Kiri who?

Dame Kiri Te Kanawa
[ˈkɪri tɪˈkɑ:nəwə]

It was fall-off-my-seat-spluttering-time again. I can no longer remember in what connection, but the continuity announcer on ITV1 last night mentioned the name of the New Zealand opera singer Kiri Te Kanawa. The pronunciation that she perpetrated was [ˈkɪri ˈtɪkəˈnɑ:wə]. Look! If all you do is talk, if that is what you are paid for, why don’t you

GET IT RIGHT?

5 thoughts on “Kiri who?

  1. No, I’m not going to make any comparisons between the pictures of Dame Kiri and JM, Esq. Rather, I should like to know how “Te Kanawa” is pronounced in Maori.

  2. For stress in Maori, I found the following:
    ‘Maori Stress

    According to Harlow (2001), all Maori words and most particles (i.e. grammatical words) contain a stressed syllable. Stress is not phonemic.

    The stressed syllable is never more than four morae from the end of a word. Main stress usually lies on the first long vowel. If there is no long vowel, the syllable containing a diphthong is stressed (for some speakers this rule is any non-final diphthong). If there is no long vowel or diphthong within the last four morae, then the earliest syllable is stressed.

    These rules are general guidelines and there are words which are stressed in less predictable ways. Also in natural speech word boundaries can sometimes be blurred resulting in changes in stress patterns.’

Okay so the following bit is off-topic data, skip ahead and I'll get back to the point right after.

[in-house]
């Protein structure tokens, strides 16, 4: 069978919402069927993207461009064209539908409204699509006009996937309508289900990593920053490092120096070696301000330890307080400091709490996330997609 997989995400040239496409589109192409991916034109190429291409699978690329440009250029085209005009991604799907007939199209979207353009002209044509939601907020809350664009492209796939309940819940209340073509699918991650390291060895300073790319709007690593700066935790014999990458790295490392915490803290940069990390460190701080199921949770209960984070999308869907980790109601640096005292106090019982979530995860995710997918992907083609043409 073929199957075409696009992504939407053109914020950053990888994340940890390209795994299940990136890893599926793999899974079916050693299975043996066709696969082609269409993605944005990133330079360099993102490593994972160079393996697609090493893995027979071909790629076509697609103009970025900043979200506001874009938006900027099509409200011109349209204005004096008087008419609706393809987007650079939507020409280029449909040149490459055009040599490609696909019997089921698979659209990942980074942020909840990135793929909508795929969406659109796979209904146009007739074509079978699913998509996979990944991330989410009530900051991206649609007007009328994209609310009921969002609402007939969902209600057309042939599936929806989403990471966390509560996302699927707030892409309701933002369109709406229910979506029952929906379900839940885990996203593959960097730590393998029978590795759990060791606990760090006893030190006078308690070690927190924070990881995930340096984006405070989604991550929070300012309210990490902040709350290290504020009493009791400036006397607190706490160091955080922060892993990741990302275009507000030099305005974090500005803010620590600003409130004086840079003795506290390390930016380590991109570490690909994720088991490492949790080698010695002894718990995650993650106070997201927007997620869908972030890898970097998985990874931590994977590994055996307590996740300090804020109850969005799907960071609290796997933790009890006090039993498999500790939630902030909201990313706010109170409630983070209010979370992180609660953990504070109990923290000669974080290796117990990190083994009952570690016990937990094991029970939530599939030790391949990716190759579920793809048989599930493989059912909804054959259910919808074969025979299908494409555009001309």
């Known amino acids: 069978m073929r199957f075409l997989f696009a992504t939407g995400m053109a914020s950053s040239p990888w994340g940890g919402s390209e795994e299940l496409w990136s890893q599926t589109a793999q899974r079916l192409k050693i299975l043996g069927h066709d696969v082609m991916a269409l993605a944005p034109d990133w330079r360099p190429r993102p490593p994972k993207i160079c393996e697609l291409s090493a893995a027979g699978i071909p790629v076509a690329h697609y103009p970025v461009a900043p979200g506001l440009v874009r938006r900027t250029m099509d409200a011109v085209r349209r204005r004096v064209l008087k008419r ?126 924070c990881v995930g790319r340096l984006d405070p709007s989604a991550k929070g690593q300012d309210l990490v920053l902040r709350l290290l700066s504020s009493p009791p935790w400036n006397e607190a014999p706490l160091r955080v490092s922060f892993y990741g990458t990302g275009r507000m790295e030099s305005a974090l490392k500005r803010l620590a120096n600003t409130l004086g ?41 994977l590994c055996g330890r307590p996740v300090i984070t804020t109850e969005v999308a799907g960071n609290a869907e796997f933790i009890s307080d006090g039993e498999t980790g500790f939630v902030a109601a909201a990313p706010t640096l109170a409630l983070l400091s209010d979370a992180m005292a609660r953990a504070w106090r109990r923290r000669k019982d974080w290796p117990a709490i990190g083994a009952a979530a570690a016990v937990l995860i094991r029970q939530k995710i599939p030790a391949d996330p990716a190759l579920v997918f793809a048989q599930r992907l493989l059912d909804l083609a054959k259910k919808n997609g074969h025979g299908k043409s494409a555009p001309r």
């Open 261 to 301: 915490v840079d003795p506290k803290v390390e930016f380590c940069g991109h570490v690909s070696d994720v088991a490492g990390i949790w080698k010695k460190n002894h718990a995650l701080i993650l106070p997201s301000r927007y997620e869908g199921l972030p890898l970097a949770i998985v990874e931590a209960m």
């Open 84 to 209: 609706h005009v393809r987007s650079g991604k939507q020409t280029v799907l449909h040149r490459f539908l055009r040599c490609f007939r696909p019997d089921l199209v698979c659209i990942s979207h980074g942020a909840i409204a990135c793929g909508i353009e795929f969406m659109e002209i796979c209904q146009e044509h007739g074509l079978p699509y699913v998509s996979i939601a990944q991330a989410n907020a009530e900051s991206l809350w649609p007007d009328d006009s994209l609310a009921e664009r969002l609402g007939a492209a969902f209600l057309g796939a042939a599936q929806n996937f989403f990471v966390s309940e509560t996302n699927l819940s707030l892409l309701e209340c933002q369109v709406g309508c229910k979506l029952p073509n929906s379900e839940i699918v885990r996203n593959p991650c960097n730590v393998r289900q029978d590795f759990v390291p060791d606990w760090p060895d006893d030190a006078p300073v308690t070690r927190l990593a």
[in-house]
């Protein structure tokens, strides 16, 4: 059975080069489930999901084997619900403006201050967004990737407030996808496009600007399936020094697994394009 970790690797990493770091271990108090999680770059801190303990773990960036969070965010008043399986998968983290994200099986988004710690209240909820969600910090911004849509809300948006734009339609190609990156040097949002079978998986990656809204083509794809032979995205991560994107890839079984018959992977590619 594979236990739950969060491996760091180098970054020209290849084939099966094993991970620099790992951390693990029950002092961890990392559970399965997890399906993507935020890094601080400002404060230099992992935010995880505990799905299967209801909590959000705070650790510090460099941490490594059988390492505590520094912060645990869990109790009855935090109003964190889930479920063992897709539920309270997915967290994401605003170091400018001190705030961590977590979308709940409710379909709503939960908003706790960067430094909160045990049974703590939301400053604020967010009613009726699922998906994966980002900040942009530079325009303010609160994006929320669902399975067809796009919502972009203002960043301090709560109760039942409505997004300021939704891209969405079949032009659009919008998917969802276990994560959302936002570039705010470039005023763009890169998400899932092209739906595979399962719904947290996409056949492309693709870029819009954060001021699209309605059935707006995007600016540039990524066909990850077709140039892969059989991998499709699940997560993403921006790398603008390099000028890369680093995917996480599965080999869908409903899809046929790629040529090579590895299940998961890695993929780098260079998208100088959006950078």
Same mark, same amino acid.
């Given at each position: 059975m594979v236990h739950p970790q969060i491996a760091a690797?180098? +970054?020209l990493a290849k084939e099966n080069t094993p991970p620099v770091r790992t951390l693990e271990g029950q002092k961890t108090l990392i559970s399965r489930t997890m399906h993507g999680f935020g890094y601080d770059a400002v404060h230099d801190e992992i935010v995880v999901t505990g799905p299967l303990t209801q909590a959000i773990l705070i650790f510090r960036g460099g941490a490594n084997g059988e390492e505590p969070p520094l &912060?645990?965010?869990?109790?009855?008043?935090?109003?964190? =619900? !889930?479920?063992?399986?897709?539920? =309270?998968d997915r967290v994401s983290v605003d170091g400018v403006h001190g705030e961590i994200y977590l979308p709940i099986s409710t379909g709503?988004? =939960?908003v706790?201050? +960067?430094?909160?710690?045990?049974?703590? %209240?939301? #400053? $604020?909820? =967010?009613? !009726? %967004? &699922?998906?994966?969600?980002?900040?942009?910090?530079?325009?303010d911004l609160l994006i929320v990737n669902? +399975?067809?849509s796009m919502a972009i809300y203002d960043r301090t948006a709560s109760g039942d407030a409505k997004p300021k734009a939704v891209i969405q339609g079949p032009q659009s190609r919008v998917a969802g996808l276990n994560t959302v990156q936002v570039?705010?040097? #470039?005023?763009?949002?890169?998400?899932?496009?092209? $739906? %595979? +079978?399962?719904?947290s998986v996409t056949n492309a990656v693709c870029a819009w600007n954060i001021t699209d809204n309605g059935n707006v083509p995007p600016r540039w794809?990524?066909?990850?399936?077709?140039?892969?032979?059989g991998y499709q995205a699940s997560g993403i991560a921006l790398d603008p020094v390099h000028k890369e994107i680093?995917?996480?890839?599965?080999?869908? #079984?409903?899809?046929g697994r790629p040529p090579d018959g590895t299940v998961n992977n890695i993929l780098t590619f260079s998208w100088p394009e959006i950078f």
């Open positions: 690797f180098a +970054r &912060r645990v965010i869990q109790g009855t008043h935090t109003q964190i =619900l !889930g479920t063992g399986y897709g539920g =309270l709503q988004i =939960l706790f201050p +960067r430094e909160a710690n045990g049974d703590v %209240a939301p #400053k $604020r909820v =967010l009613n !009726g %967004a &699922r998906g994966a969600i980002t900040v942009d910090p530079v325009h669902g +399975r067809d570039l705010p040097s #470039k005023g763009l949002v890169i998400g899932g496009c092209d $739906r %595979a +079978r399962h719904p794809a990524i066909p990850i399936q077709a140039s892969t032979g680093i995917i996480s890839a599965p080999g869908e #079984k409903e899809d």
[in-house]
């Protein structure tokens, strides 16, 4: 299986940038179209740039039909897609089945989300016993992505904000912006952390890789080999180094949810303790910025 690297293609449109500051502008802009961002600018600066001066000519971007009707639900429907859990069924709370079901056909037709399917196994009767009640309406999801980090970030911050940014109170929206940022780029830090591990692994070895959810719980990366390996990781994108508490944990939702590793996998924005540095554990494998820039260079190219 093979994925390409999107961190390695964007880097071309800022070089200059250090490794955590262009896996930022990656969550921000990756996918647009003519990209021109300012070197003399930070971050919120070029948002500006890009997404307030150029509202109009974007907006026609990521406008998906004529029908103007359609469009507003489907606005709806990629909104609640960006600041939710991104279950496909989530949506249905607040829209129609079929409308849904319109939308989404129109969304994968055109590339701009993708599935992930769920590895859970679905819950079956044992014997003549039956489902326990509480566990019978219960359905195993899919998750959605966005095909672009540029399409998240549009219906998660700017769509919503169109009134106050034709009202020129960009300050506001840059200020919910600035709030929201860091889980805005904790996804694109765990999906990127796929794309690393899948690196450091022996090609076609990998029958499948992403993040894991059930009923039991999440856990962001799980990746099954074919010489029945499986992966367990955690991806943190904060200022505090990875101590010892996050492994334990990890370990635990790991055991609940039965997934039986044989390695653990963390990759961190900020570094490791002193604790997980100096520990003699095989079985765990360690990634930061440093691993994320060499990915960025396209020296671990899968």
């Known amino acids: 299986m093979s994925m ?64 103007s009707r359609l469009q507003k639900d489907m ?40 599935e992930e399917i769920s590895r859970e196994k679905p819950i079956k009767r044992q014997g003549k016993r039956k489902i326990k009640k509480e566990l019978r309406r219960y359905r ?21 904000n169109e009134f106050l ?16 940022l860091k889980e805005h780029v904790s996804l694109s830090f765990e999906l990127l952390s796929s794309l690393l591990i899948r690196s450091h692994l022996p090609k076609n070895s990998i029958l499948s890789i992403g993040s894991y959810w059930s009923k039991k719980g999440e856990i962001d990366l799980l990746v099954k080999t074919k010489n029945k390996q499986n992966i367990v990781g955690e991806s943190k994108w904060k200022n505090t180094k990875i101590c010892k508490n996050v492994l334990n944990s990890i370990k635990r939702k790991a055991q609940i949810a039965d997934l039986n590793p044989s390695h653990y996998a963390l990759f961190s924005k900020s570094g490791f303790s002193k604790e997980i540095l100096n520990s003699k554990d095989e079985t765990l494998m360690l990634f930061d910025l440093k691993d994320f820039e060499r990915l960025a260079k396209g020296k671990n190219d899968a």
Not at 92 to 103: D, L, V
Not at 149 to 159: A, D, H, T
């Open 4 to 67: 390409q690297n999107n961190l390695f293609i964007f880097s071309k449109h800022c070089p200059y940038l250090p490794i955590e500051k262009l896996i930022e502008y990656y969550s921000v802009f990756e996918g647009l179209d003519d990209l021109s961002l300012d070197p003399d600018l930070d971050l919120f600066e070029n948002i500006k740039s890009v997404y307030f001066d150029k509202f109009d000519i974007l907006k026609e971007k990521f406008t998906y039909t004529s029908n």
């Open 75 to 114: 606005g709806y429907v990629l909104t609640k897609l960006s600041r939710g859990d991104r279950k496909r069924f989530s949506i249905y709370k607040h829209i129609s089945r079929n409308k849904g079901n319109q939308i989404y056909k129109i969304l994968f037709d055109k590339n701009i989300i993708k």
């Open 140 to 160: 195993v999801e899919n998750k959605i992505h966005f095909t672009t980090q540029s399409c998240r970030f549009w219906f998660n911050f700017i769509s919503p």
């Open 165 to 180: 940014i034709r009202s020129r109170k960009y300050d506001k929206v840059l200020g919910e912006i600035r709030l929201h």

From: http://www.maorilanguage.info/mao_phon_desc1.html accessed 14 May 2010

  3. Wikipedia gives /ˈkɪri tɨˈkɑːnəwə/ which I suppose is about right for NZ English. Maybe the /ɑː/ would be better as /aː/. I guess the /ə/ vowels would be /a/ in Maori.

  4. Just survived a day long series of graduation ceremonies (only good point: Nicole and my PhD robes are so much more colourful than the drab black zip-front American ones!). Among the usual numerous mangling of foreign names, two interesting mis-pronunciations from senior academics involved with announcing various parts of the proceedings:
    1. in absentia /ɪn æbˈstɛntʃə/ (two different people produced this form)
    2. Lagos /ˈlɑgoʊs/

    No. 2 (Lagos) is listed in LPD as a form used by those unfamiliar with Lagos, Nigeria. What was interesting was that the Alumni Association Rep found no problem with /ˈleɪgɑs/.

Leave a Reply

Your email address will not be published. Required fields are marked *